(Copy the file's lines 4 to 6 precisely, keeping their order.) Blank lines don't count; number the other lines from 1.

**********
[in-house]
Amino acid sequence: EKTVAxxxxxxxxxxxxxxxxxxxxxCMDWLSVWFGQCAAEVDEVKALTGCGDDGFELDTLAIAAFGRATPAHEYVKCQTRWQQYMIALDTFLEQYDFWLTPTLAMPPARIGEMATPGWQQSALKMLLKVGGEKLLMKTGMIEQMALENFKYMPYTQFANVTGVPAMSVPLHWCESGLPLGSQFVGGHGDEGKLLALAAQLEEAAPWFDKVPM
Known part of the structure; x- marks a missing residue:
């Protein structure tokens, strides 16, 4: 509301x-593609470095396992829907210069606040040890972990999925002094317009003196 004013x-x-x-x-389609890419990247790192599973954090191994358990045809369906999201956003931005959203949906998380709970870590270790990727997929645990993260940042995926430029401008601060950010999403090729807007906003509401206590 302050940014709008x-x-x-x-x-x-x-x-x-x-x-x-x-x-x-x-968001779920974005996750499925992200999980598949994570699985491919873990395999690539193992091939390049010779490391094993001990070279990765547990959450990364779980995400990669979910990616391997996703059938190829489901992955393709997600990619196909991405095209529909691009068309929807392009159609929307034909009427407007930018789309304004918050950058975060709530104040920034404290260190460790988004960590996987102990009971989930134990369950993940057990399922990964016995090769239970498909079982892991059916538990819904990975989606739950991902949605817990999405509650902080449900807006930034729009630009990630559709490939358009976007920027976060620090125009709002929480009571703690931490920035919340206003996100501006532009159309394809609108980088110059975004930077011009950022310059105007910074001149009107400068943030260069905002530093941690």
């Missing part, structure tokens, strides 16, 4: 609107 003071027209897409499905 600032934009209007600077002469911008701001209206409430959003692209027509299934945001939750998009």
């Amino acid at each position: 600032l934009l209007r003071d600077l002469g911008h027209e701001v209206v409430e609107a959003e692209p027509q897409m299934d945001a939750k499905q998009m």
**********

């Protein structure tokens, strides 16, 4: 509301x-593609470095396992829907210069606040040890972990999925002094317009003196 004013x-x-x-x-389609890419990247790192599973954090191994358990045809369906999201956003931005959203949906998380709970870590270790990727997929645990993260940042995926430029401008601060950010999403090729807007906003509401206590 302050940014709008x-x-x-x-x-x-x-x-x-x-x-x-x-x-x-x-968001779920974005996750499925992200999980598949994570699985491919873990395999690539193992091939390049010779490391094993001990070279990765547990959450990364779980995400990669979910990616391997996703059938190829489901992955393709997600990619196909991405095209529909691009068309929807392009159609929307034909009427407007930018789309304004918050950058975060709530104040920034404290260190460790988004960590996987102990009971989930134990369950993940057990399922990964016995090769239970498909079982892991059916538990819904990975989606739950991902949605817990999405509650902080449900807006930034729009630009990630559709490939358009976007920027976060620090125009709002929480009571703690931490920035919340206003996100501006532009159309394809609108980088110059975004930077011009950022310059105007910074001149009107400068943030260069905002530093941690």
């Missing part, structure tokens, strides 16, 4: 609107 003071027209897409499905 600032934009209007600077002469911008701001209206409430959003692209027509299934945001939750998009």
């Amino acid at each position: 600032l934009l209007r003071d600077l002469g911008h027209e701001v209206v409430e609107a959003e692209p027509q897409m299934d945001a939750k499905q998009m």